By the time you read this, Copenhagen and its relevance to Climate Change will have been forgotten. Memories of the Little Mermaid statue in the harbour and of the Danish capital as the home of Tuborg beer will have been restored.
Was the COP 15 UN Climate Change Conference Copenhagen a success? Did US President Barack Obama jet in as had been hoped?
What we do know is that, yet again, there was a fudge. The APEC Singapore meeting in November essentially confirmed fears that Copenhagen would be, at best, a two-legged compromise—a non-binding agreement to limit emissions some time in the future. The danger is that climate change may become a partner for the Doha Trade talks that have been stalled since July 2006. The key stumbling block: who will pay to correct trade-related distortions and unlock global trade in areas where many barriers still exist?
Rich countries want poor countries to bear the bulk of the costs, which is yet another example of do as we say not as we do! Never mind that it was the world of the rich that caused, and remains largely responsible for, the damage we face.
The world’s largest polluter, the US, is still dragging its feet, with denial triumphing undeterred over reality. When will Washington wake up and smell the coffee?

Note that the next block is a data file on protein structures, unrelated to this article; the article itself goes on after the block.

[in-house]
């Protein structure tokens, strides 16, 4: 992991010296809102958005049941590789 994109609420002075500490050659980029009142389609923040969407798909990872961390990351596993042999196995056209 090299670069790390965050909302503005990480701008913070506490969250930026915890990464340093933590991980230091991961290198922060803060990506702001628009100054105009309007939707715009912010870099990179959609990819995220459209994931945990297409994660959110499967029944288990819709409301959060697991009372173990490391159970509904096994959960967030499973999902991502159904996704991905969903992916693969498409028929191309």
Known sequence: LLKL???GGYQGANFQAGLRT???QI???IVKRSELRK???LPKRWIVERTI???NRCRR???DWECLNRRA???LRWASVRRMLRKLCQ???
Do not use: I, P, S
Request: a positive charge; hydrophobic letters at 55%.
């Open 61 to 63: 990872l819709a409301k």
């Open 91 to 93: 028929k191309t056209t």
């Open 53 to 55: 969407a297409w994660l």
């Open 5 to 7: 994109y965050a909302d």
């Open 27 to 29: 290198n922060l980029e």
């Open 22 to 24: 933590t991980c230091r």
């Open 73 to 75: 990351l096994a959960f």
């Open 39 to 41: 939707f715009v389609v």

The situation is too urgent for continued prevarication. Unless global emissions peak by the end of the next decade, the chances of avoiding catastrophic climate change will be virtually extinguished.
But, can investors profit from climate change? Certainly. They can do so by investing directly in alternative energy, water treatment or recycling businesses, or even by investing in conventional mutual funds or the more tax-efficient Exchange Traded Funds (ETFs) to gain access to global companies involved in all aspects of climate change and the benefits that a cleaner environment would bring us all. With financier George Soros earmarking $1 billion (¥89 billion) for investing in this sector, it could be just the right time for you, too.